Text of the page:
Cooking Lessons in Umbria

Tossing the Pasta

Chef Jean Luca Tossing the Pasta

Well, we are still in Umbria enjoying our friends’ villa in the remote hilltop town of Macerino.  I didn’t think there was any way to top the experience we had in Ristorante Fontana here in the village or at Ristorante Pizzeria Savour in nearby Todi, but it happened.  We ran into a husband and wife team who own an organic restaurant in Spoleto in Umbria.  They agreed to come to our place in Macerino and demonstrate Umbrian cooking.

Chef Jean Luca and his wife Maria Paula also brought another friend, Carlo Clarici.  This trio cooked and entertained us during a wonderful evening.

Carlo, Jean Luca and Maria Paola

Carlo, Jean Luca and Maria Paola

Here are some of the things  they did in case you want to try to emulate them back at home.  Click on some of the photos to really get the feel.

The Antipasto Plate:

The team brought a huge rustic sourdough bread, aged provalone, baked ricotta with truffles, local sheepsmilk cheese (pecorino), and a eggplant and onion chutney.  As we dug in, a few things became clear.  First, we don’t eat enough aged provalone and pecorino and that needs to stop – these are really good cheeses so let’s get some next time we’re out.   Secondly, who would have thought to shave truffles on top of ricotta and then bake it.  Wow, this was really good.  Finally, these guys use eggplant everywhere and it is always surprisingly good.  For their chutney, they peeled and sliced the eggplant very thin, diced the slices and sauteed with onion.  They mixed in slices of pickled ginger to finish it off.  Slather this combination on rustic sourdough and you have a treat.


Selection of cheeses with eggplant and ginger chutney


Baked Ricotta with Truffles

Risotto with Truffles:

This was especially interesting to me since I have prepared this dish many times and have written about it (Cooking and Wooing – Risotto with Black Truffles).   However, I have only used a bottled truffle sauce – our chefs used the real thing.  (Since truffles are such an integral part of Umbrian cuisine and since they need to be a much bigger part of our lives, we’ll do a separate post on these beautiful fungi.)    Also, they did not use chicken or beef broth – only water.  They grated truffle into the rice near the end and finished with small amounts of butter and parmesano.  The object was to add nothing that would take away from the truffles.  The result was better than anything I have ever made.

Tartufi Neri - Real Black Truffles

Tartufi Neri – Real Black Truffles

Risotto with Black Truffles

Risotto with Black Truffles

Homemade Pasta:

This was the highlight of the evening as Chef Jean Luca made the local Stringozzi pasta for us.  He piled about eight cups of flour – four each of “00” extra fine and “0” fine on the wooden counter, made a hole in the middle, added six eggs and about a cup of water.  After mixing the ingredients, he kneaded the dough by hand, which he let rest for only about 10 minutes.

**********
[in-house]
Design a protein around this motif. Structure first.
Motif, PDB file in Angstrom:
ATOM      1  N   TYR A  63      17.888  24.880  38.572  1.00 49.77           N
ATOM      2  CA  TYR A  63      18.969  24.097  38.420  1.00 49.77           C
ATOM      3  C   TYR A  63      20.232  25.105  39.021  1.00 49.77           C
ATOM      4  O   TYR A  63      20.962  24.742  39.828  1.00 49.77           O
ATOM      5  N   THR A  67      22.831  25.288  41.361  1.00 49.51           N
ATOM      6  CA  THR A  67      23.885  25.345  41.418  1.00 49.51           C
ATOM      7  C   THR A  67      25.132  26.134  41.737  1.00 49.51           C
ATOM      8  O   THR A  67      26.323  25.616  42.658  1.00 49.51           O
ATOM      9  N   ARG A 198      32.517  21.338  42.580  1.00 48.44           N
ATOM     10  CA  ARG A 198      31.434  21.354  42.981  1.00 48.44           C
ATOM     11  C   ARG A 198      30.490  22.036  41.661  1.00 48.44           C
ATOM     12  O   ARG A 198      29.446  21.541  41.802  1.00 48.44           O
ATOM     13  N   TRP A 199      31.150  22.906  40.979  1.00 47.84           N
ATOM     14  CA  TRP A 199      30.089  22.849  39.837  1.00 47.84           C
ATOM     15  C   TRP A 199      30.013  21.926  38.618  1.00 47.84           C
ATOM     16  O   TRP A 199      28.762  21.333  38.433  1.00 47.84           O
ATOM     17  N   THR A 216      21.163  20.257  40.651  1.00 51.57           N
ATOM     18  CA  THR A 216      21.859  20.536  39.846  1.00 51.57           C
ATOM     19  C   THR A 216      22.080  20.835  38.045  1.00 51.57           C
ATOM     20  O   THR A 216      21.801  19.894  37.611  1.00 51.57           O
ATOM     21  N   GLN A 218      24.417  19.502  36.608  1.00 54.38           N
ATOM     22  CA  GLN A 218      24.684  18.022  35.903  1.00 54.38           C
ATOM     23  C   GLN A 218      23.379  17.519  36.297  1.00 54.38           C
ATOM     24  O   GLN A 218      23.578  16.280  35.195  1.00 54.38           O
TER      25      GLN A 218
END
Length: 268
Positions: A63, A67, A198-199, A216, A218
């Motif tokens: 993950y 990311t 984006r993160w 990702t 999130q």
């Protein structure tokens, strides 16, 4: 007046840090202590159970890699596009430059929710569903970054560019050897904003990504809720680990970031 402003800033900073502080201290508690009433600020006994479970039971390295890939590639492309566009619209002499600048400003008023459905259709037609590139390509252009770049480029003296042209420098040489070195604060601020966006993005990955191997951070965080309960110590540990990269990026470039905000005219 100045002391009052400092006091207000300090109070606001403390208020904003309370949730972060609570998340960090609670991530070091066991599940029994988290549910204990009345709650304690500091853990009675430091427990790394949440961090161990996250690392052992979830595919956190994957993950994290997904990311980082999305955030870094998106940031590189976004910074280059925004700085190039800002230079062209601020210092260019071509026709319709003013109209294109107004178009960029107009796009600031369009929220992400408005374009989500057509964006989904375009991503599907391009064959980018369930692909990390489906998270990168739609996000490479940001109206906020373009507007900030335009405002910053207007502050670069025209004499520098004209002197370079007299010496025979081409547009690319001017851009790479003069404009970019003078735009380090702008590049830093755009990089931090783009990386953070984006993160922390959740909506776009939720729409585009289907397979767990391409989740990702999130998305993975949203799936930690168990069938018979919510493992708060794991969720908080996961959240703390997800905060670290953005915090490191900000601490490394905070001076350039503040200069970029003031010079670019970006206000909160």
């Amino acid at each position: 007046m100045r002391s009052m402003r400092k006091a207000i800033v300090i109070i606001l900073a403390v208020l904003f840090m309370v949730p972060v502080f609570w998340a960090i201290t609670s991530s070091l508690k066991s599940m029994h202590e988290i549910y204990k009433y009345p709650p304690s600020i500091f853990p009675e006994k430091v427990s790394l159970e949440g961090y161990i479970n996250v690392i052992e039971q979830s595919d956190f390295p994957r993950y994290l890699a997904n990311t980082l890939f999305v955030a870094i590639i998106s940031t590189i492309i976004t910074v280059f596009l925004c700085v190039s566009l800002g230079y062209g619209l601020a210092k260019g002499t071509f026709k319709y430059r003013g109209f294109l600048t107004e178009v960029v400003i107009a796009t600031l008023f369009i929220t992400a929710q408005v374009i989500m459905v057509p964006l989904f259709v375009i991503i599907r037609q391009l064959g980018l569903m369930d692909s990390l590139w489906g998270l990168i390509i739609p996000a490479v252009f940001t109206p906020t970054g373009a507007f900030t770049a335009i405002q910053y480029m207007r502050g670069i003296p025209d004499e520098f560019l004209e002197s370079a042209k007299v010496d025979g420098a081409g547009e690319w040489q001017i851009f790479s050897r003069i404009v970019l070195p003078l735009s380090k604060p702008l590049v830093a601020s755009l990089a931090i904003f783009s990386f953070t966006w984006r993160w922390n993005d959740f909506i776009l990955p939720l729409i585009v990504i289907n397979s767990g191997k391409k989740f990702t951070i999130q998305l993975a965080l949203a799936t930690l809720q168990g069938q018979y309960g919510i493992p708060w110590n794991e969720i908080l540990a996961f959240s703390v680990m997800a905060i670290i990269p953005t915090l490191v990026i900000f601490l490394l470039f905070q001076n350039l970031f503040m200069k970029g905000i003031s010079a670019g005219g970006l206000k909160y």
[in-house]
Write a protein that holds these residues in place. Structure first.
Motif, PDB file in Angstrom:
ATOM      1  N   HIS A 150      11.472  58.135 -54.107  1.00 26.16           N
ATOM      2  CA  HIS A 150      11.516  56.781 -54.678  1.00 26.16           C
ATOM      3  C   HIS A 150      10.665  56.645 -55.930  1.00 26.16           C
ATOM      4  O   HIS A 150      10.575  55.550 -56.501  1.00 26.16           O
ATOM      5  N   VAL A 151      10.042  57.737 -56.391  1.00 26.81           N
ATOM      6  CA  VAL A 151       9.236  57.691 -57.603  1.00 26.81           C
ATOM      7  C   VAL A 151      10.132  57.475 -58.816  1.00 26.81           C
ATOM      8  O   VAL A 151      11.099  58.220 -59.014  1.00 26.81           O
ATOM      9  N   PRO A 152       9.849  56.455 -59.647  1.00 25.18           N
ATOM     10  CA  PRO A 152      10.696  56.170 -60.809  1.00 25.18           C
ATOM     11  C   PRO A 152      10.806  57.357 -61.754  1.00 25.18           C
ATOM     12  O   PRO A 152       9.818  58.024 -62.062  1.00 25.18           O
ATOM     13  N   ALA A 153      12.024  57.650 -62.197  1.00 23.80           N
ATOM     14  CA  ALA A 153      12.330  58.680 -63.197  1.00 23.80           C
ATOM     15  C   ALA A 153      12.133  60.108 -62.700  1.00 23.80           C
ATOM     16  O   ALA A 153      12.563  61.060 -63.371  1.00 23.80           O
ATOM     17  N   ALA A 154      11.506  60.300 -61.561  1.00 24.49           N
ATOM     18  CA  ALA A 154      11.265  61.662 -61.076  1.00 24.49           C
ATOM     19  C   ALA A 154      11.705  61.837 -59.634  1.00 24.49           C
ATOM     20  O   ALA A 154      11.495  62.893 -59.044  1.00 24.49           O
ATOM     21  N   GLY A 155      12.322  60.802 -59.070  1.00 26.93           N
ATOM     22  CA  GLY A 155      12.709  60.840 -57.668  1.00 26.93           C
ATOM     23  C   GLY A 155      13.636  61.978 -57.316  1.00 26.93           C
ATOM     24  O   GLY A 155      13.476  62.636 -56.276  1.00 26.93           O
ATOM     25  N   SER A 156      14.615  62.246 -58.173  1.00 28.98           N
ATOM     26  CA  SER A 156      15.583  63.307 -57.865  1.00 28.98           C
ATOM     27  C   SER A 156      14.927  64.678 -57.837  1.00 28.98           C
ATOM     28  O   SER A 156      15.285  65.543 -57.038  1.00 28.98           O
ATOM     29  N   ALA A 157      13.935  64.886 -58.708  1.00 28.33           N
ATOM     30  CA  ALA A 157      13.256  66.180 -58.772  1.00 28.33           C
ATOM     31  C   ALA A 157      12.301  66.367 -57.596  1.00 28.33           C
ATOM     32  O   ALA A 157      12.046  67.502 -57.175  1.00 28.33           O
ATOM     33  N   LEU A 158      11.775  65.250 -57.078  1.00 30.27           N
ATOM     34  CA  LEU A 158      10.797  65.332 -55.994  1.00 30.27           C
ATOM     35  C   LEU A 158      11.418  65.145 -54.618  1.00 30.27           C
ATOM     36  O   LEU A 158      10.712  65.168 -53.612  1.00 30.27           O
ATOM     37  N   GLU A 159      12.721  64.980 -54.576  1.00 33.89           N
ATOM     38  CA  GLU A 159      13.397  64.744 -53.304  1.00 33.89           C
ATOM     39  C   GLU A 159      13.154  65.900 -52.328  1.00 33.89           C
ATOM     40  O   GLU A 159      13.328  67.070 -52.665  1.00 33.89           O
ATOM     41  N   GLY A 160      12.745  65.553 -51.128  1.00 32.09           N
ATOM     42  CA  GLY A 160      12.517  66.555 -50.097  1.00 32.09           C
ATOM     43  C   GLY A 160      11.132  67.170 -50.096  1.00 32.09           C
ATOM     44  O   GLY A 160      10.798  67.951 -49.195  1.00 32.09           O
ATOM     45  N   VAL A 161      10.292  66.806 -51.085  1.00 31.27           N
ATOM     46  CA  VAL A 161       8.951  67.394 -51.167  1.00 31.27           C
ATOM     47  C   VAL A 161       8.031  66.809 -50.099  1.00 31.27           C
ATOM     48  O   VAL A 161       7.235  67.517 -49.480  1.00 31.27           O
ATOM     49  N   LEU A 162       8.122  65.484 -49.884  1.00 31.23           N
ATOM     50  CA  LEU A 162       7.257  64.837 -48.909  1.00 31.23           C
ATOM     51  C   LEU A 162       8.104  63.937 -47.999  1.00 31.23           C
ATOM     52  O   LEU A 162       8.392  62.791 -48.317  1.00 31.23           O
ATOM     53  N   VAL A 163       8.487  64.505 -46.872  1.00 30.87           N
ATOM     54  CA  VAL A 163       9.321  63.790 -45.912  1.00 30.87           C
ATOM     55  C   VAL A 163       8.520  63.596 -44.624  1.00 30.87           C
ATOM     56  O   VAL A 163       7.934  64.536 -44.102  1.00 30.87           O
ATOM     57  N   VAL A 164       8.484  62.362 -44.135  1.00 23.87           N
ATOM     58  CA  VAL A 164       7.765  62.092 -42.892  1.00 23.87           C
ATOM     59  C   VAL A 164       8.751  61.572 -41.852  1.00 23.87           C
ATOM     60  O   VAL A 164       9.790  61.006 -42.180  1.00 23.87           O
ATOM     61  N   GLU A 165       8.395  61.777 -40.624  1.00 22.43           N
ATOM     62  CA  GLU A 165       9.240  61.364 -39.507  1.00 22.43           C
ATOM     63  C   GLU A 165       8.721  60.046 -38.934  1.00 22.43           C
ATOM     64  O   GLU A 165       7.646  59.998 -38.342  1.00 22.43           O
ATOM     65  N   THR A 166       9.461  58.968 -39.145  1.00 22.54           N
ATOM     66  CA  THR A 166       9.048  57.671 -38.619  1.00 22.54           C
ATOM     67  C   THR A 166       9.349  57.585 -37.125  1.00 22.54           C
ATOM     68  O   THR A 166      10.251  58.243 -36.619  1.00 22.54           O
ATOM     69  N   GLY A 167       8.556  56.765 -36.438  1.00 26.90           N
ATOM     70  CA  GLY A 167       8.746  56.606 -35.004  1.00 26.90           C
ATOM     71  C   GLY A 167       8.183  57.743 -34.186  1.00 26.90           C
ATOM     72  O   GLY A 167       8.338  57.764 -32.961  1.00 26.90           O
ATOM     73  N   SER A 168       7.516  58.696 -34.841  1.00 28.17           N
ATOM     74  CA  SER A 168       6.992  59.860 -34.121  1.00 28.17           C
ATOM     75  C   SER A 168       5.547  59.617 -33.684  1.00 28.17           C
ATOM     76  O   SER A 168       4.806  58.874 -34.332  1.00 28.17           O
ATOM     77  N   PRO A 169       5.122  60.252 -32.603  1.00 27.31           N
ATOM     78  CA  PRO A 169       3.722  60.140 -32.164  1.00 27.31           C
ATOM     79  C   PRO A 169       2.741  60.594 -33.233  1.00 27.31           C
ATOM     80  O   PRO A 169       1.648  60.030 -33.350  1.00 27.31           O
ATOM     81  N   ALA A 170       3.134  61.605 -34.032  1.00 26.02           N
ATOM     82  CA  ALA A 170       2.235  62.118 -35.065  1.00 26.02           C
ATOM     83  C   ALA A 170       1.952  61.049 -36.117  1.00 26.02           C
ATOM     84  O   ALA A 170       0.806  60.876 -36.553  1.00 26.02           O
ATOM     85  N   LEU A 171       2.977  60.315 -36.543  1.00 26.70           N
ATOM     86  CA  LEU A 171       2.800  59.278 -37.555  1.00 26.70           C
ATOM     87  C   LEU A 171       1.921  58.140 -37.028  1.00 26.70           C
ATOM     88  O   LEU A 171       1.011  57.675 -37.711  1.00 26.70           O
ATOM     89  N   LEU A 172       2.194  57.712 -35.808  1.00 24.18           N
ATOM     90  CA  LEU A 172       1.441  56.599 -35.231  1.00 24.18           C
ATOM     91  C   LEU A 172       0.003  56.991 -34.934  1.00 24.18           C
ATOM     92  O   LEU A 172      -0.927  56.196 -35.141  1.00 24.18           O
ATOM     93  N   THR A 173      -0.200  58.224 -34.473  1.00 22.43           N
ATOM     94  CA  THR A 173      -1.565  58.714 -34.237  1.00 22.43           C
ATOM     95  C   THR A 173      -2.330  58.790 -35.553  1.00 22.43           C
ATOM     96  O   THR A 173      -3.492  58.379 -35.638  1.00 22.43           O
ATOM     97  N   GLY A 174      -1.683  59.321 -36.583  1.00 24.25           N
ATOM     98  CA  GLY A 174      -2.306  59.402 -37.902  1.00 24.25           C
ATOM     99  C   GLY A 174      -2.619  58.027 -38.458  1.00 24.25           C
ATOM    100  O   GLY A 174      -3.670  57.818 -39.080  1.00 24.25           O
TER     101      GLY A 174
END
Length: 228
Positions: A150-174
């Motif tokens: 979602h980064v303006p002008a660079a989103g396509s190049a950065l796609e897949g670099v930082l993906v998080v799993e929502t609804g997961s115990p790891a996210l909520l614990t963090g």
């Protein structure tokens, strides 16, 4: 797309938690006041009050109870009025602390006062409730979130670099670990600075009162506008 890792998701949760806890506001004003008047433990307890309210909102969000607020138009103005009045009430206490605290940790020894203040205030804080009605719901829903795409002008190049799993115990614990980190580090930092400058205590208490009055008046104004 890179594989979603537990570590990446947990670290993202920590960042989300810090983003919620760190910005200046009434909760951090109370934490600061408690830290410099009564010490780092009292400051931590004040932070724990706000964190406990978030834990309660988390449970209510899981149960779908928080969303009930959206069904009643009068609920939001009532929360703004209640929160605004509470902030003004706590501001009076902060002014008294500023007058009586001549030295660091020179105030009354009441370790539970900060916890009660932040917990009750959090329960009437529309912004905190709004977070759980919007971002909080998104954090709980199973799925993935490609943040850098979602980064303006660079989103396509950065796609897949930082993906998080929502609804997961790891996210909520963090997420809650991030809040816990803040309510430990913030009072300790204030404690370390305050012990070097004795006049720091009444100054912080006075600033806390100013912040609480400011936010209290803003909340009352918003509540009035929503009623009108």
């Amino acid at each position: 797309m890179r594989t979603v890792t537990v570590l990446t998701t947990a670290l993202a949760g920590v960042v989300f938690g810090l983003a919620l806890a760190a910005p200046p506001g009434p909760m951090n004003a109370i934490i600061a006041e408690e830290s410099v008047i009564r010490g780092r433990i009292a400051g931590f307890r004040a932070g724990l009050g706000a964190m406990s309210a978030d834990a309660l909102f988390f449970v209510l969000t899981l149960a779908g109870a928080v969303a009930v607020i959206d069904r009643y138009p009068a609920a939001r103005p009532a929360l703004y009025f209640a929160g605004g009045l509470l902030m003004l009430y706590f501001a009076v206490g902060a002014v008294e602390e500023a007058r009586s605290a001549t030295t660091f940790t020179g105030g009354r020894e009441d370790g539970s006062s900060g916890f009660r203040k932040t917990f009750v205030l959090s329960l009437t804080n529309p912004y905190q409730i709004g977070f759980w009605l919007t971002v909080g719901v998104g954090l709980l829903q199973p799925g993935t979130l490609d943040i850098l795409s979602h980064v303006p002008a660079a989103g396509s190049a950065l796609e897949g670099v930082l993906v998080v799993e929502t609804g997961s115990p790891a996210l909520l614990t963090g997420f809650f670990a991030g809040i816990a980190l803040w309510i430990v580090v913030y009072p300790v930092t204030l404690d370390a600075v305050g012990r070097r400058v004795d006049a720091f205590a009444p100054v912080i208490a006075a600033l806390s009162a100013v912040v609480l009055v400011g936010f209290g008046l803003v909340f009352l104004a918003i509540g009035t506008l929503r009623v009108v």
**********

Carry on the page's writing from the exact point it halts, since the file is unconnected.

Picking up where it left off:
The rolling and cutting process was fantastic.  The photos below are the best way to show this.

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This pasta was served with a fresh tomato sauce that was cooking during the whole process.  It was made with organic cherry tomatoes they brought with them.

Bread and tomato salad:

In Umbria, they take day-old bread, cut it into chunks and toast it in the oven.  This is then added to a salad which is usually arugula and cherry tomatoes – two very common ingredients in the region.  Add some carrots, cucumber, olive oil, salt and pepper and a few splashes of balsamic and you have a great salad with lots of crunch.

Bread and Tomato Salad

Bread and Tomato Salad

Umbrian Chicken Caciatore: 

While preparing the pasta, Jean Luca was supervising the chicken cacciatore, which was browned first in olive oil and then braised on the stove for over 30 minutes in a special organic white wine (which was cloudy and very vinegary).  The only other thing added was fresh herbs that the chef had cut before coming – wild fennel, rosemary and basil.  The result was strongly herbed chicken (thighs and legs only) with a thick coating of white wine reduction sauce.  It was great and there were no tomatoes, peppers, oregano and all of the other things you ususally find in this dish.  I think I like the Umbrian version better.

Chicken Cacciatore

Chicken Cacciatore

Peach Torte Flambe:

Dessert was a homemade peach torte (it is peach season in June here although that seems early to me) served with fresh peaches that were poached and flambeed with Vecchia Romana – a common Italian brandy.

Peach Torte with Flambeed Peaches

Peach Torte with Flambeed Peaches

What a wonderful evening.  Sometime I need to tell you about the wines we had.  The chefs drank right along with us.

Categories: Diary of a Wandering Foodie, Travels and Soirees

2 replies

  1. Looks and sounds like a fantastic trip to Umbria. Hoping your return flight has no extra charges for excess baggage!

  2. Boy are we jealous!!!

    Best, ann cerniglia

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